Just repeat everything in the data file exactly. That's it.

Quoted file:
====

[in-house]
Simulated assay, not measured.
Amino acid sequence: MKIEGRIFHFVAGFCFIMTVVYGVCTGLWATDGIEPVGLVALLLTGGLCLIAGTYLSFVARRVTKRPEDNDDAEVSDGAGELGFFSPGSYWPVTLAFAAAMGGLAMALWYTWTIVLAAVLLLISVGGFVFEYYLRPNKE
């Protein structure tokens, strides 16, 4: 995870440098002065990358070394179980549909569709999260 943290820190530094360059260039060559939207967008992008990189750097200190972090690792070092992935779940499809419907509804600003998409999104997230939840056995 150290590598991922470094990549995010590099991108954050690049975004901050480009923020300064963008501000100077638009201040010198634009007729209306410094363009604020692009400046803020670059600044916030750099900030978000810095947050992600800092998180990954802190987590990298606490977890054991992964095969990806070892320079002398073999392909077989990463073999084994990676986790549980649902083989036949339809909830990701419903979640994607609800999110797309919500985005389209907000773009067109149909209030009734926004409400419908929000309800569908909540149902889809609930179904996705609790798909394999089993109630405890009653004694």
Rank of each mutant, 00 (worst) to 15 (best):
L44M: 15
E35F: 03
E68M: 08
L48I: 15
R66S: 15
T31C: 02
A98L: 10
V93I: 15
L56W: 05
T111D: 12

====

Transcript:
[in-house]
Simulated assay, not measured.
Amino acid sequence: MKIEGRIFHFVAGFCFIMTVVYGVCTGLWATDGIEPVGLVALLLTGGLCLIAGTYLSFVARRVTKRPEDNDDAEVSDGAGELGFFSPGSYWPVTLAFAAAMGGLAMALWYTWTIVLAAVLLLISVGGFVFEYYLRPNKE
């Protein structure tokens, strides 16, 4: 995870440098002065990358070394179980549909569709999260 943290820190530094360059260039060559939207967008992008990189750097200190972090690792070092992935779940499809419907509804600003998409999104997230939840056995 150290590598991922470094990549995010590099991108954050690049975004901050480009923020300064963008501000100077638009201040010198634009007729209306410094363009604020692009400046803020670059600044916030750099900030978000810095947050992600800092998180990954802190987590990298606490977890054991992964095969990806070892320079002398073999392909077989990463073999084994990676986790549980649902083989036949339809909830990701419903979640994607609800999110797309919500985005389209907000773009067109149909209030009734926004409400419908929000309800569908909540149902889809609930179904996705609790798909394999089993109630405890009653004694």
Rank of each mutant, 00 (worst) to 15 (best):
L44M: 15
E35F: 03
E68M: 08
L48I: 15
R66S: 15
T31C: 02
A98L: 10
V93I: 15
L56W: 05
T111D: 12